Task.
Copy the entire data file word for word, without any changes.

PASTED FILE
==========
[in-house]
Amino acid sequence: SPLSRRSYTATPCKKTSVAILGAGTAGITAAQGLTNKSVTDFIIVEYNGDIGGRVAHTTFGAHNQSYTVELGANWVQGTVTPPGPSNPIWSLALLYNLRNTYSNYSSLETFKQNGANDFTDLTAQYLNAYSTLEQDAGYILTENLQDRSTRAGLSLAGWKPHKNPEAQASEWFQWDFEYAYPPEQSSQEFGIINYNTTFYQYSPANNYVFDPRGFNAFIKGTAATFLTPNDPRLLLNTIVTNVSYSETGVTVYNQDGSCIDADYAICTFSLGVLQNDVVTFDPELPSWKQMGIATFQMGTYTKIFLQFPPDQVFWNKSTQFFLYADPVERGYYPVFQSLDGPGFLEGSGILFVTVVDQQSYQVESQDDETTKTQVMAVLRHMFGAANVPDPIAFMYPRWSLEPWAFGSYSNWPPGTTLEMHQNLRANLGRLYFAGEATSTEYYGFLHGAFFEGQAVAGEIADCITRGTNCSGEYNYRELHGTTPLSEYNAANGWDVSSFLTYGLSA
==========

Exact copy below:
[in-house]
Amino acid sequence: SPLSRRSYTATPCKKTSVAILGAGTAGITAAQGLTNKSVTDFIIVEYNGDIGGRVAHTTFGAHNQSYTVELGANWVQGTVTPPGPSNPIWSLALLYNLRNTYSNYSSLETFKQNGANDFTDLTAQYLNAYSTLEQDAGYILTENLQDRSTRAGLSLAGWKPHKNPEAQASEWFQWDFEYAYPPEQSSQEFGIINYNTTFYQYSPANNYVFDPRGFNAFIKGTAATFLTPNDPRLLLNTIVTNVSYSETGVTVYNQDGSCIDADYAICTFSLGVLQNDVVTFDPELPSWKQMGIATFQMGTYTKIFLQFPPDQVFWNKSTQFFLYADPVERGYYPVFQSLDGPGFLEGSGILFVTVVDQQSYQVESQDDETTKTQVMAVLRHMFGAANVPDPIAFMYPRWSLEPWAFGSYSNWPPGTTLEMHQNLRANLGRLYFAGEATSTEYYGFLHGAFFEGQAVAGEIADCITRGTNCSGEYNYRELHGTTPLSEYNAANGWDVSSFLTYGLSA